Yes, I had about 13 applicants. We didn’t open it up to the public. Ended up with four in the finalist round and chose her, because of her excellent emotional intelligence skills, so, her ability to empathize and relate. And we have a very thorough interview process, where we align with our core values, we have projects, and it was just a very clear decision, very easy to choose her. But she is knocking it out of the park because, honestly, she’s just smart enough, there’s nothing really difficult to learn about it. She’s currently studying for her Security Plus, she’s writing our security play books for IT security. It’s really not that difficult to find ways to have the intern actually provide ROI,you just have to be creative.

David Spark

Dan, do you currently have an intern, or have you had an intern in the past?

Dan Walsh

We don’t have any interns now, we have had in the past. I like them a lot because it’s a low risk proposition. We bring an intern in, we want to evaluate their work ethic, right, are they going to work hard? Their attitude, are they smart, can the get the job? I don’t think we’ve ever had an intern with a cybersecurity degree, so it’s really all about can they grow into this role? And then, if they can, then we love to extend and offer them a full time job when they graduate.

David Spark

And do you feel that you get value from the intern? More importantly, and here’s the thing, there is the cost. You say, oh, it’s low risk, but you do have to give that intern a certain percentage of your time and your time is the thing that’s valuable. So, can you do it, is it worth it, all of the above?

Dan Walsh

I’d love to hear Naomi’s thoughts on this. I think if you are a security team of, like, two, an intern is probably not for you, because the amount of time you have to invest in that person over the summer is going to take you away from your day job. When we did it, we had a team of 30 plus, so it was very easy to say, “Hey, spend an hour with so-and-so, let them show you how we think about alerting monitoring. Spend an hour with this individual, let’s think about how we think about security policies, or how we think about applications security and pen testing.” And so, it gives them a more well rounded approach and then, from there, you can say, “Okay, I think where we have a need on the team right now is a tier one soc,so we’ll have you sit down with this person, we’ll assign you some tickets from the queue and we’ll walk you through these tickets.” So, I don’t recommend it, at least for the experience I’ve had, if it’s a super tight, super small team. I think it’s extraordinarily difficult to invest the time to be fair to the person who’s going through the internship, for them to actually get value out of it. You really want to prepare them, because you only have them for, typically, three months, actually two and a half months, so you really want to invest that time in them, so they can walk away from that with a rewarding experience.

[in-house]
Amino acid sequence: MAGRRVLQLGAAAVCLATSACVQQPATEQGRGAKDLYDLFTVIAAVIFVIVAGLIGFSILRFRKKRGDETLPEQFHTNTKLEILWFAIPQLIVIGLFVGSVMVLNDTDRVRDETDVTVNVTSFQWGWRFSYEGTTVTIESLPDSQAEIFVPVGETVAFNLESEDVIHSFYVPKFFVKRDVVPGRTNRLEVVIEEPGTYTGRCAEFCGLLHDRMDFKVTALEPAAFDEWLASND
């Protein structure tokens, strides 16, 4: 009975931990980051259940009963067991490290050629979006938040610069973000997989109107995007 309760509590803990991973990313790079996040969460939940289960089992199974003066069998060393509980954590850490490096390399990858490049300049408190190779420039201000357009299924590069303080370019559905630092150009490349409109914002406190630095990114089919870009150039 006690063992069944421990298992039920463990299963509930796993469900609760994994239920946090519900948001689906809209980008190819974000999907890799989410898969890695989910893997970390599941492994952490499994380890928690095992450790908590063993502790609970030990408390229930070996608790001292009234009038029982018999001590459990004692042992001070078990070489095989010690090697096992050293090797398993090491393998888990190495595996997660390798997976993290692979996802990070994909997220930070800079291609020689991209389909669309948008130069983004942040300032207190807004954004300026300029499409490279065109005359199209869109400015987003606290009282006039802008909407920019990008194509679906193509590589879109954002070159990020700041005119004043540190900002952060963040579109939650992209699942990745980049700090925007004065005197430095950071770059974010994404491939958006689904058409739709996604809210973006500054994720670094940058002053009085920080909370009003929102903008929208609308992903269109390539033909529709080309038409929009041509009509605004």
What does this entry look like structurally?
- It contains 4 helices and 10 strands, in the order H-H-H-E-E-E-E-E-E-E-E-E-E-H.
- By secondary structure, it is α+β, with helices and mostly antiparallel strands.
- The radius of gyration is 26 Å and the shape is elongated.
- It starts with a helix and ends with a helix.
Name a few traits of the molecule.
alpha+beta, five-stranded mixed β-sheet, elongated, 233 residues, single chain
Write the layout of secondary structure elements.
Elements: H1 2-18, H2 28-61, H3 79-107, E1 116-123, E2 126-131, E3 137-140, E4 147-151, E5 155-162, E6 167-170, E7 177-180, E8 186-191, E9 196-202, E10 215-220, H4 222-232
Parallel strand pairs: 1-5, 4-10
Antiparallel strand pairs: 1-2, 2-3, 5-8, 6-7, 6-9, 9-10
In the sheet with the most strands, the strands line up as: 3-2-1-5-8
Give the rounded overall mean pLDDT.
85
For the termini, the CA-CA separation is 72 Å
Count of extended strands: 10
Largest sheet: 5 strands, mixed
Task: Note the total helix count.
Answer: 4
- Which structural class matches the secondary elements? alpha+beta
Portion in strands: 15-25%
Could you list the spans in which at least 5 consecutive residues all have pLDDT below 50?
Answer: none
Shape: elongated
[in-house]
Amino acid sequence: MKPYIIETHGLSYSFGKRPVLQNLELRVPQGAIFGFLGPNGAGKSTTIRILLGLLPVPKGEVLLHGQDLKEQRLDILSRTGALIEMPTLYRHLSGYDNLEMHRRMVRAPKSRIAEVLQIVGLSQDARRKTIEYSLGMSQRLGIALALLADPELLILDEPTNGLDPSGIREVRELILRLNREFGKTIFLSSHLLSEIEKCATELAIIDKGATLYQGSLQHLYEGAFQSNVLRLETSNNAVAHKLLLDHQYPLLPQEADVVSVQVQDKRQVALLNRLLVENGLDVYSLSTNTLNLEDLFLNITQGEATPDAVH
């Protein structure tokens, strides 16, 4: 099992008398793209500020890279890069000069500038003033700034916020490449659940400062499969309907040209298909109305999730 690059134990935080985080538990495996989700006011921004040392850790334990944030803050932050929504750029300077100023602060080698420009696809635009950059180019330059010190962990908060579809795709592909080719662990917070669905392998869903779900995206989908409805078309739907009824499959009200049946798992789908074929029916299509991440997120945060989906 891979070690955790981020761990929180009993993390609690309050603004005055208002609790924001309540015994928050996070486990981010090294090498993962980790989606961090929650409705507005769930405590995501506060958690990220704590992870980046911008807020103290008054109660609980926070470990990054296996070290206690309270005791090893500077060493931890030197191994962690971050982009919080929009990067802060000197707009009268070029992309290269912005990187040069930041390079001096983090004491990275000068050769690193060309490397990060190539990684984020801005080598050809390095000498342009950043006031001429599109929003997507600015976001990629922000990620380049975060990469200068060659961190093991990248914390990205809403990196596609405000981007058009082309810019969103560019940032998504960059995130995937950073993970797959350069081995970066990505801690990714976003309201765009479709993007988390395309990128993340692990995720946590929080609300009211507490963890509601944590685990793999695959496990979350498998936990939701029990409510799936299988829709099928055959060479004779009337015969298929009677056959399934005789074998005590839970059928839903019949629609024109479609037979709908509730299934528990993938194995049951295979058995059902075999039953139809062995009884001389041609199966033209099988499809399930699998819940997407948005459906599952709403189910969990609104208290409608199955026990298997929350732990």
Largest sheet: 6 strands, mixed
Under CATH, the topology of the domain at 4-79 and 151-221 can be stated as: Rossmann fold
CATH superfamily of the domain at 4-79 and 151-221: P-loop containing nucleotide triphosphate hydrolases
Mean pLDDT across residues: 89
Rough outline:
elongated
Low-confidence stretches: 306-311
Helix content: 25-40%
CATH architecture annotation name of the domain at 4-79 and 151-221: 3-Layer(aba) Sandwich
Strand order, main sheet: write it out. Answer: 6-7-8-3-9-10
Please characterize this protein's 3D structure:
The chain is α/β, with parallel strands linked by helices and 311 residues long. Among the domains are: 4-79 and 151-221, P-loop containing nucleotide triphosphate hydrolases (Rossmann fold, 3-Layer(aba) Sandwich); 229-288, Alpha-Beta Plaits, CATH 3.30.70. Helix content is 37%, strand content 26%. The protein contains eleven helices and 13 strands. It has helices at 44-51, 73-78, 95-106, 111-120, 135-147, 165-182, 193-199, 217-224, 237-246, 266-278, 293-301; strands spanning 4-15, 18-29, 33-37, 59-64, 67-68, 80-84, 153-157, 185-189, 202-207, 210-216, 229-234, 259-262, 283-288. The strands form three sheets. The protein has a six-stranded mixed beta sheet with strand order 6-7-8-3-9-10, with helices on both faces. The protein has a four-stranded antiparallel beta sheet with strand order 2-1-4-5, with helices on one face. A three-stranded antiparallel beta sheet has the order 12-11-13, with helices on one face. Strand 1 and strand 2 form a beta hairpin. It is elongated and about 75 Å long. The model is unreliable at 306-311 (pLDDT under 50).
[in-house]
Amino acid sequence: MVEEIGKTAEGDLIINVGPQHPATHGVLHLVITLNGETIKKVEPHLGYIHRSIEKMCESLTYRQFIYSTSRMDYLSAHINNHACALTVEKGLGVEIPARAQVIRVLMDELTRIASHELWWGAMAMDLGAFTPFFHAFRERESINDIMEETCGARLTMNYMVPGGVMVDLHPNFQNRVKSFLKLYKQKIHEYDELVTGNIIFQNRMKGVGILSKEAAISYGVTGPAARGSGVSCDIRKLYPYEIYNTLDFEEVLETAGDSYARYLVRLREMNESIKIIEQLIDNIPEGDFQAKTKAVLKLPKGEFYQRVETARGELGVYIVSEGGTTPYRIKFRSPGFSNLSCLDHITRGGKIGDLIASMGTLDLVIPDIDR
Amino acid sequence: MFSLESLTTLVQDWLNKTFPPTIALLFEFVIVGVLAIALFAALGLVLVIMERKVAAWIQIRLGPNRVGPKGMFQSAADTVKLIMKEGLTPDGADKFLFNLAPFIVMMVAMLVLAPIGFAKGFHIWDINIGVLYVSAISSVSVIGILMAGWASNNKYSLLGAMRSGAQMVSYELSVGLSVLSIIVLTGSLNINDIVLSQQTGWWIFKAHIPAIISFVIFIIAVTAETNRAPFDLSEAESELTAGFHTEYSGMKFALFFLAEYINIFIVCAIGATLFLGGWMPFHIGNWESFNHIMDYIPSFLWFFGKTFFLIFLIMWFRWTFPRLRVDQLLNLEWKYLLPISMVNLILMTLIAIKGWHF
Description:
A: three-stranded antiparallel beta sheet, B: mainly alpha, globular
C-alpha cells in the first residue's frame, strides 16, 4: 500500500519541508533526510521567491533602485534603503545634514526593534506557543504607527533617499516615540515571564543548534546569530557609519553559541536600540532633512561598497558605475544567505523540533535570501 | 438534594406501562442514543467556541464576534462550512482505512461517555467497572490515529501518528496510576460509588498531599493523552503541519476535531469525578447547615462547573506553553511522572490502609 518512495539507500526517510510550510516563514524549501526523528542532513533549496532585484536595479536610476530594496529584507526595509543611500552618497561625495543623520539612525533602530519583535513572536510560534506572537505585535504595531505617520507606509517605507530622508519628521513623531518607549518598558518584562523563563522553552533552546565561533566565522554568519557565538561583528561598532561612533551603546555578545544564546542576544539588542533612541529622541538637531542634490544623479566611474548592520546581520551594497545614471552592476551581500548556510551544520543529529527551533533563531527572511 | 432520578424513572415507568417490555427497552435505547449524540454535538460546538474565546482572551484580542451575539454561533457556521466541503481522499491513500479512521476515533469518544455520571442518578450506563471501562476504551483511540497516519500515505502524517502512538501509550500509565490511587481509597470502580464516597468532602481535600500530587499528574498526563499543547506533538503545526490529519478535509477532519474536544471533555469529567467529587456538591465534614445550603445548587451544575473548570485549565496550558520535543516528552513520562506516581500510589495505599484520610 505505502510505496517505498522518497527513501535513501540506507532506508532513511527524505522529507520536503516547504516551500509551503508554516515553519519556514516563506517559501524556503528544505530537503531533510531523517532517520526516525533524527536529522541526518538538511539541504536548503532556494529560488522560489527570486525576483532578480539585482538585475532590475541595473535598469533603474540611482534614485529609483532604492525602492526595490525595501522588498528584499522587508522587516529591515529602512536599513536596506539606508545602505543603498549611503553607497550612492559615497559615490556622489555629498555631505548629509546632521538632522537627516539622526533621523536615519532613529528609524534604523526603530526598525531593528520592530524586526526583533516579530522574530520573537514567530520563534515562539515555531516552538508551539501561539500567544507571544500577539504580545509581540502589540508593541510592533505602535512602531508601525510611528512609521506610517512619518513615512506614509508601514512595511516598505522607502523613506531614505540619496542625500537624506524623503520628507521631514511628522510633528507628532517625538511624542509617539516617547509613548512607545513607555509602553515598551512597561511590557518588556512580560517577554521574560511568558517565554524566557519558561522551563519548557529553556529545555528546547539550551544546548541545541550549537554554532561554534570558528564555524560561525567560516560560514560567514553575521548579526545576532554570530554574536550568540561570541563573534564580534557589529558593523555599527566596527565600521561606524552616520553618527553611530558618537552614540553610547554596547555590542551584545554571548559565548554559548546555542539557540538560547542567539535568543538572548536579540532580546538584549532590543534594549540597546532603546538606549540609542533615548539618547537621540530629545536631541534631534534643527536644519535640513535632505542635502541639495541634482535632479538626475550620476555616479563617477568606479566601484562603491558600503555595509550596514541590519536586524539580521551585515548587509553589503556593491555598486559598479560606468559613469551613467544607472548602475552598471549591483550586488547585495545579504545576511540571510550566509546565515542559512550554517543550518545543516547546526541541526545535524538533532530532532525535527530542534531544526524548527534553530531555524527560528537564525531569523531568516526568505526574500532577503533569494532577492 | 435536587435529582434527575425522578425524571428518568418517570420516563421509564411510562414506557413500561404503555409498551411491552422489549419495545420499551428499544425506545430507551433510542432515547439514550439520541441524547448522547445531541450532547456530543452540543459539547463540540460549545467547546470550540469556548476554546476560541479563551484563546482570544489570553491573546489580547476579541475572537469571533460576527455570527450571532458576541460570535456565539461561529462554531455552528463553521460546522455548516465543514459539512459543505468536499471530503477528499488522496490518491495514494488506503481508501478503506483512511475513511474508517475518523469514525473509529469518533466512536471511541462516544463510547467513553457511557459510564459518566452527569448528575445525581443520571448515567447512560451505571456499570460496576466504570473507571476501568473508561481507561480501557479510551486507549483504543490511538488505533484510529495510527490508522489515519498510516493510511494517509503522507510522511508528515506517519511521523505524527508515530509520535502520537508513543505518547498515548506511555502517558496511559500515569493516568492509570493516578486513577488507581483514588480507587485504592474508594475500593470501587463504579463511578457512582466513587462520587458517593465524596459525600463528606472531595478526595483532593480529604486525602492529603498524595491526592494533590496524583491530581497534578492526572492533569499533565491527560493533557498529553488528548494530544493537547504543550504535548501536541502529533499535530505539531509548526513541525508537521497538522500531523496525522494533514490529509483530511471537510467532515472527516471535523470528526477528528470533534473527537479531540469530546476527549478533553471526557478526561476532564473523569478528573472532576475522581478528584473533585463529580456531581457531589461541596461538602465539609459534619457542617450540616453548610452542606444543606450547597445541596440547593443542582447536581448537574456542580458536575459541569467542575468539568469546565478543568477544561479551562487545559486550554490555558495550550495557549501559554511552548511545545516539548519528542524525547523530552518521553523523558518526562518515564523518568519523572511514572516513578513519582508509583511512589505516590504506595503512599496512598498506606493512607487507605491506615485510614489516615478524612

David Spark

Alright. Naomi, I ask you the same thing. What is the amount of work you have to put in to maintaining an intern?

Naomi Buckwalter

I’m glad you ask, because I actually am on a small team, I do not have team of 30, I have a team of five and, actually, this intern is just one of two full time security people, so me and her right now. But this is how much time I spend with her: I have her shadow me on all the meetings that I go to. I have her listen in, take notes, and then we spend about 15 minutes after each call, just going through what she picked up and any questions that she has. I then send her on her way to do more homework. She has AWS lab, so she works on her own time, she studies on her own time, and she writes play books on her own time. I would say, in total, I spend about two hours of my time every single week with her. And all that time, I’m also learning on my own, because every single time that I tell her something and I teach, I actually reinforce everything that I learned myself. I had to refresh myself on the OSA model and how everything works for a pack encapsulation, so it really helps reinforce some of the things that I should already know, but I can actually now say a lot easier. And not only that, but teaching using very simple terms and using analogies reinforces my knowledge also. So, I actually gain a lot out of it. It’s not just what the intern can do for the company, it’s also what the security professional can get out of that relationship.

David Spark

Alright. What we tease from the title of this episode is how much should a junior, or green, cybersecurity person be paid? So, I’m going to ask you to actually give me some numbers. If not $15 an hour… and you can give me a range… what do you think a cybersecurity person, and let’s assume some basic education, they have taken some type of training, but they have no experience whatsoever, what should that person be paid, Naomi?

Naomi Buckwalter

Well, I pay my intern $20 an hour, but she has no experience. I would say someone with that technical background, $25 an hour feels about right to me.

David Spark

For an intern, again, if I was intern and got that pay, I’d be ecstatic. [LAUGHS]

Naomi Buckwalter

But I pay 20 because she doesn’t have that technical background, so you’re torn.

David Spark